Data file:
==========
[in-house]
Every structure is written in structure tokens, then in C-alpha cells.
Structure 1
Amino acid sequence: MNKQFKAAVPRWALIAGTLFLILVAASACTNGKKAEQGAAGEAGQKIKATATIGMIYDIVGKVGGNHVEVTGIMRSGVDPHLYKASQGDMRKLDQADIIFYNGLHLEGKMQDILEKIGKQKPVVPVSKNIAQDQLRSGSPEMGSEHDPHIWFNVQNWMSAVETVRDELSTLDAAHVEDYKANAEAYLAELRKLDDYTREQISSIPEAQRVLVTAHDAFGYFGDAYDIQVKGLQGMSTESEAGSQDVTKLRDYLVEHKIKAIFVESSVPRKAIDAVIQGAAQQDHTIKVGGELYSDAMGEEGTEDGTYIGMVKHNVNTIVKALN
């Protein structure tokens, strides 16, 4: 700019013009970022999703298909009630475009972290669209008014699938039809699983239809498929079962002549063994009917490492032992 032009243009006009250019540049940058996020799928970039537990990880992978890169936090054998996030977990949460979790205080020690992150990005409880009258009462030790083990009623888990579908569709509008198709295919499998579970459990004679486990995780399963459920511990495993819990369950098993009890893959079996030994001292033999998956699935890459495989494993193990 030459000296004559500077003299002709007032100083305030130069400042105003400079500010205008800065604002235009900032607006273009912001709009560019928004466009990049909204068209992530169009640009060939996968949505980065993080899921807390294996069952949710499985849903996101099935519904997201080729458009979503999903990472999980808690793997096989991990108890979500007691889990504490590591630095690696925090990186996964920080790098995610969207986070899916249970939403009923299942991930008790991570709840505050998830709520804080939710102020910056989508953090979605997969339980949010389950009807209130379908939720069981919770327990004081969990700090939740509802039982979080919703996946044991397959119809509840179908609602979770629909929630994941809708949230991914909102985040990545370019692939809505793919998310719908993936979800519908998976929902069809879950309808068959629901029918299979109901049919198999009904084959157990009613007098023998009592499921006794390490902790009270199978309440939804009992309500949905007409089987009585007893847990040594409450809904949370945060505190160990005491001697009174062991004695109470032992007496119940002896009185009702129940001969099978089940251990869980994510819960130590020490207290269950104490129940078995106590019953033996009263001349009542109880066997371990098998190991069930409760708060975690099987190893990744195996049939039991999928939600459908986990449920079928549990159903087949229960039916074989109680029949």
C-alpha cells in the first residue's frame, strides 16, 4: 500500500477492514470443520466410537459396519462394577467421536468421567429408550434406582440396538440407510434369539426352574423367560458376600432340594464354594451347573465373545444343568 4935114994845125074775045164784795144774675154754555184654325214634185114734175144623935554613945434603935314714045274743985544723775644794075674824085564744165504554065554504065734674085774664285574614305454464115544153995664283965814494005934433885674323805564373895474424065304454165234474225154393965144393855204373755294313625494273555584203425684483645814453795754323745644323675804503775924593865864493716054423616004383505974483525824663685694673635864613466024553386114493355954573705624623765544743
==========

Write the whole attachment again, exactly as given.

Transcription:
[in-house]
Every structure is written in structure tokens, then in C-alpha cells.
Structure 1
Amino acid sequence: MNKQFKAAVPRWALIAGTLFLILVAASACTNGKKAEQGAAGEAGQKIKATATIGMIYDIVGKVGGNHVEVTGIMRSGVDPHLYKASQGDMRKLDQADIIFYNGLHLEGKMQDILEKIGKQKPVVPVSKNIAQDQLRSGSPEMGSEHDPHIWFNVQNWMSAVETVRDELSTLDAAHVEDYKANAEAYLAELRKLDDYTREQISSIPEAQRVLVTAHDAFGYFGDAYDIQVKGLQGMSTESEAGSQDVTKLRDYLVEHKIKAIFVESSVPRKAIDAVIQGAAQQDHTIKVGGELYSDAMGEEGTEDGTYIGMVKHNVNTIVKALN
């Protein structure tokens, strides 16, 4: 700019013009970022999703298909009630475009972290669209008014699938039809699983239809498929079962002549063994009917490492032992 032009243009006009250019540049940058996020799928970039537990990880992978890169936090054998996030977990949460979790205080020690992150990005409880009258009462030790083990009623888990579908569709509008198709295919499998579970459990004679486990995780399963459920511990495993819990369950098993009890893959079996030994001292033999998956699935890459495989494993193990 030459000296004559500077003299002709007032100083305030130069400042105003400079500010205008800065604002235009900032607006273009912001709009560019928004466009990049909204068209992530169009640009060939996968949505980065993080899921807390294996069952949710499985849903996101099935519904997201080729458009979503999903990472999980808690793997096989991990108890979500007691889990504490590591630095690696925090990186996964920080790098995610969207986070899916249970939403009923299942991930008790991570709840505050998830709520804080939710102020910056989508953090979605997969339980949010389950009807209130379908939720069981919770327990004081969990700090939740509802039982979080919703996946044991397959119809509840179908609602979770629909929630994941809708949230991914909102985040990545370019692939809505793919998310719908993936979800519908998976929902069809879950309808068959629901029918299979109901049919198999009904084959157990009613007098023998009592499921006794390490902790009270199978309440939804009992309500949905007409089987009585007893847990040594409450809904949370945060505190160990005491001697009174062991004695109470032992007496119940002896009185009702129940001969099978089940251990869980994510819960130590020490207290269950104490129940078995106590019953033996009263001349009542109880066997371990098998190991069930409760708060975690099987190893990744195996049939039991999928939600459908986990449920079928549990159903087949229960039916074989109680029949």
C-alpha cells in the first residue's frame, strides 16, 4: 500500500477492514470443520466410537459396519462394577467421536468421567429408550434406582440396538440407510434369539426352574423367560458376600432340594464354594451347573465373545444343568 4935114994845125074775045164784795144774675154754555184654325214634185114734175144623935554613945434603935314714045274743985544723775644794075674824085564744165504554065554504065734674085774664285574614305454464115544153995664283965814494005934433885674323805564373895474424065304454165234474225154393965144393855204373755294313625494273555584203425684483645814453795754323745644323675804503775924593865864493716054423616004383505974483525824663685694673635864613466024553386114493355954573705624623765544743